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Rechargable vehicles in smart homes

Rechargeable vehicles have the potential to reduce greenhouse gas emissions. The faster the transition, the better for the environment and society. Although sales of rechargeable vehicles are increasing, there are several obstacles to a rapid impact, e.g. economy and ease of use. In the end, it is the customers who decide whether the value of rechargeable vehicles is high enough to choose one instead of the fossil fuel alternatives that now dominate the market.

The roll-out of rechargeable vehicles can be accelerated by the expansion of solar cells and other renewable electricity generation that is ongoing. When prosumers generate their own electricity, there are financial incentives to store self-generated electricity locally in the house instead of sending the surplus online, if the payment for the surplus harness is low and the cost of electricity from the electricity grid is high. Rechargeable vehicles can be receivers of the rechargeable electricity, together with any local battery storage, hot water heaters and other electricity consumers. With local energy storage that enables load balancing in the house, there are financial benefits in the form of the possibility of having a lower fuse in the house, and that the electricity price of some electricity companies is based on power outputs rather than energy outlets. But more important for rapid roll-out may be the driving forces of people to be self-sufficient and contribute to sustainability.

There is potential to accelerate the transition to both rechargeable vehicles and self-produced renewable electricity, but this requires that involved players understand their role and, in collaboration, prepare their products for the opportunities of the future. Vehicle manufacturers not only want to increase their market shares, but do so with products that have a low environmental impact and help to reduce fossil dependence in society by being market driven in certain segments. Energy companies want to contribute to a change through renewable and environmentally friendly energy production and fossil-free transport systems and need to handle increased variation in supply and demand in the electricity grid as well as changing consumer needs that add to increased volatility, and investigate how the technology can be used to achieve even power consumption in the grid. to keep costs down for customers, companies and society alike. Smart charging of electric vehicles requires insights into how other surrounding consumers and players behave, e.g. the intelligence of the charging infrastructure needs to be synchronized with that of other controlled units, otherwise the system-of-system can be anything but smart. Other players are also seeing an increased market where there is an opportunity to combine business and environmental benefits. In the end, social benefits with a well-functioning solution are a faster conversion to a fossil-free and environmentally friendly energy and transport system.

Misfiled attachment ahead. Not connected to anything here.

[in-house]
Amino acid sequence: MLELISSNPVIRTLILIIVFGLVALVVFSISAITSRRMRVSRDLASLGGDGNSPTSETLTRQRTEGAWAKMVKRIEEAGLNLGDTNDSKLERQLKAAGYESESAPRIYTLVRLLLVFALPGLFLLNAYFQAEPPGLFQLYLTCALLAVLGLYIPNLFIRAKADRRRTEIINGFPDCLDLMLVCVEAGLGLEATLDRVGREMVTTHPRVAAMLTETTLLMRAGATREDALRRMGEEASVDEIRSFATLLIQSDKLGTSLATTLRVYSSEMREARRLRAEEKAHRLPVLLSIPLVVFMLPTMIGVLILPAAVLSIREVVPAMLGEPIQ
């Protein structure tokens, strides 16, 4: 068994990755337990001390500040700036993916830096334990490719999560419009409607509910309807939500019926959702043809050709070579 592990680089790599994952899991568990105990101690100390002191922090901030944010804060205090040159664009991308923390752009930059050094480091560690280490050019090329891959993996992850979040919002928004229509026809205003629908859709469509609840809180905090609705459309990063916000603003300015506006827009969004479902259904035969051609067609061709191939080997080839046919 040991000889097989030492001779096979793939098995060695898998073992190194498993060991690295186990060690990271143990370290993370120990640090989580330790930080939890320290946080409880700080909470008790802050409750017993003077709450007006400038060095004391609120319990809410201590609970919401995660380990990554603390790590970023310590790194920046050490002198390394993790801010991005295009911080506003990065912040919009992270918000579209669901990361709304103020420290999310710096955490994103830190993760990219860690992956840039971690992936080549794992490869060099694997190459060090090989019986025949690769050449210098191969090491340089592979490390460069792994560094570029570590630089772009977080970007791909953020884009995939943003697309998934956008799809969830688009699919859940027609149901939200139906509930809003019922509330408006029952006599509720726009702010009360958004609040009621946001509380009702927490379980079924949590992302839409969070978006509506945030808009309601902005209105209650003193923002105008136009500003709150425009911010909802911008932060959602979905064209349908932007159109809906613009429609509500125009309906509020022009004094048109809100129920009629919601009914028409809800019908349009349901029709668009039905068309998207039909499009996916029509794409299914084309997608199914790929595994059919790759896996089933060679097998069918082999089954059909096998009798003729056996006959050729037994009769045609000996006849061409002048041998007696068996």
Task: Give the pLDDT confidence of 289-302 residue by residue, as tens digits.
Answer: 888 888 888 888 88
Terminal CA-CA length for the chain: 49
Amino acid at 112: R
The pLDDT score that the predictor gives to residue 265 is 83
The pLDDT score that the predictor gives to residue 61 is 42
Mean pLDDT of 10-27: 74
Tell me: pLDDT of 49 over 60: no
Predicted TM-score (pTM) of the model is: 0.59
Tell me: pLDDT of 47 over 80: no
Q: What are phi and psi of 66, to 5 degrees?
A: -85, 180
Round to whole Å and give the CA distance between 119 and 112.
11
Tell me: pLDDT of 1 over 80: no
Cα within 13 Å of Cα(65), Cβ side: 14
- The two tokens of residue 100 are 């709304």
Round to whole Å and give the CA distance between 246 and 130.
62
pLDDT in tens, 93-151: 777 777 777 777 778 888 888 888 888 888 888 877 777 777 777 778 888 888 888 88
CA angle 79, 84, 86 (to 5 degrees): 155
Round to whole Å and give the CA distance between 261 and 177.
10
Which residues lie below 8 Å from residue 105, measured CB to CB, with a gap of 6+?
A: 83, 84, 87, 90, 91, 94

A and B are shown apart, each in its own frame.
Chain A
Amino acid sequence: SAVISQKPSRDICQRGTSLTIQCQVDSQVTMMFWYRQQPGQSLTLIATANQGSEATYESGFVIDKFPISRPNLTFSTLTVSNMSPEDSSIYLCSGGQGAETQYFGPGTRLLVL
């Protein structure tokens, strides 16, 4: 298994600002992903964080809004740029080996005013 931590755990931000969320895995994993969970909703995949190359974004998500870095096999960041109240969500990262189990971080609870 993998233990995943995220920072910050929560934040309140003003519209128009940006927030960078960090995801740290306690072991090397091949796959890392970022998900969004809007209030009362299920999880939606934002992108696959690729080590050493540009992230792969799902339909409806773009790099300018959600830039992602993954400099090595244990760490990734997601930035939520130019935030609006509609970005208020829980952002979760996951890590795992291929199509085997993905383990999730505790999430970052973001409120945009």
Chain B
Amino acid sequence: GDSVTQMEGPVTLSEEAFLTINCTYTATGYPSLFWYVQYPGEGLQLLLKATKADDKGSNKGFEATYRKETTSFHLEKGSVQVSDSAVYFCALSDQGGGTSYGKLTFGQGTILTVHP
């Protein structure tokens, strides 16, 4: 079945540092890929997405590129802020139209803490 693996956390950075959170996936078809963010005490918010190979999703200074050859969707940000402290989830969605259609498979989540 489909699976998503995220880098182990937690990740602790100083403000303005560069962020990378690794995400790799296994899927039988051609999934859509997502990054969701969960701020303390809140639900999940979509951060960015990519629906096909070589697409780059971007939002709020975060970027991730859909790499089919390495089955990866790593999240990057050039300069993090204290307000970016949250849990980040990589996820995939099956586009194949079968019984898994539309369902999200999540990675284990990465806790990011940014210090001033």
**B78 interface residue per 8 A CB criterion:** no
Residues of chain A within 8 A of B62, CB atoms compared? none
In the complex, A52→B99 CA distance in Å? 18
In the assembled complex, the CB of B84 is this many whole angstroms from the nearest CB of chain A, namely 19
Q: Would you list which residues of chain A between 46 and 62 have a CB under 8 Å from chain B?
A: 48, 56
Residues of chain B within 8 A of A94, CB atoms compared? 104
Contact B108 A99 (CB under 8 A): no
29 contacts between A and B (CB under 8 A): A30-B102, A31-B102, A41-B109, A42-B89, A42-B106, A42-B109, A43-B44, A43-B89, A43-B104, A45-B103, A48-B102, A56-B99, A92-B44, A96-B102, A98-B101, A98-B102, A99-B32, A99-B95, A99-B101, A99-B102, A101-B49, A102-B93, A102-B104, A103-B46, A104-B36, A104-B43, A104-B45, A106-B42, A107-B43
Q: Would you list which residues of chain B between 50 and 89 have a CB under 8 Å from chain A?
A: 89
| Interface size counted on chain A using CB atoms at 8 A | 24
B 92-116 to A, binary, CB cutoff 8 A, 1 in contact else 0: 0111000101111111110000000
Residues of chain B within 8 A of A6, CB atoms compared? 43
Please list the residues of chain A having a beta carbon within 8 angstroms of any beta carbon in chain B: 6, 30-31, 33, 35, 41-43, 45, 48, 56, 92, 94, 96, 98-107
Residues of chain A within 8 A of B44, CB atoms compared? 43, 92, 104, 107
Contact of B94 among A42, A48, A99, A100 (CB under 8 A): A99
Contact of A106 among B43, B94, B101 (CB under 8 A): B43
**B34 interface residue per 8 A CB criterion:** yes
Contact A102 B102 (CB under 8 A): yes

RISE conducts research in smart homes with self-generated electricity, for example from solar panels on the roof, and where rechargeable vehicles are one of several consumers that must be smartly charged to keep down costly power peaks. There are several research perspectives, including what users want because it is ultimately the customers who will invest, understand and use the functionality.

An important research perspective is therefore to get the parts together in a good way, where both architecture issues and interfaces become important to determine and eventually create standards for. Part of the problem lies in the fact that it should not be a company that offers a comprehensive solution, because it locks the customer which in the long run is bad, but several actors / companies should be able to offer services and offers that work effectively together.

If power peaks are to be effectively cut, information is needed on what happens in the future, such as what solar radiation is expected in the future, how the outdoor temperature changes, etc. An interesting area of research is what predictive information is to be provided and how the energy management functionality that cuts power peaks should be designed; Properly designed, it avoids the rechargeable vehicles being charged when other energy consumers in the house are on.

Much research will be required to innovate good customer solutions linked to charging and smart homes. It is also possible to lift our eyes and see what a cutting of the power peaks in smart homes has for consequences on the electricity grid outside the house. An even load will reasonably keep electricity prices down, as the costs are strongly associated with the maximum effects in the grid in terms of both electricity generation and distribution.

Contact person

Stefan Pettersson


+46 10 228 40 02

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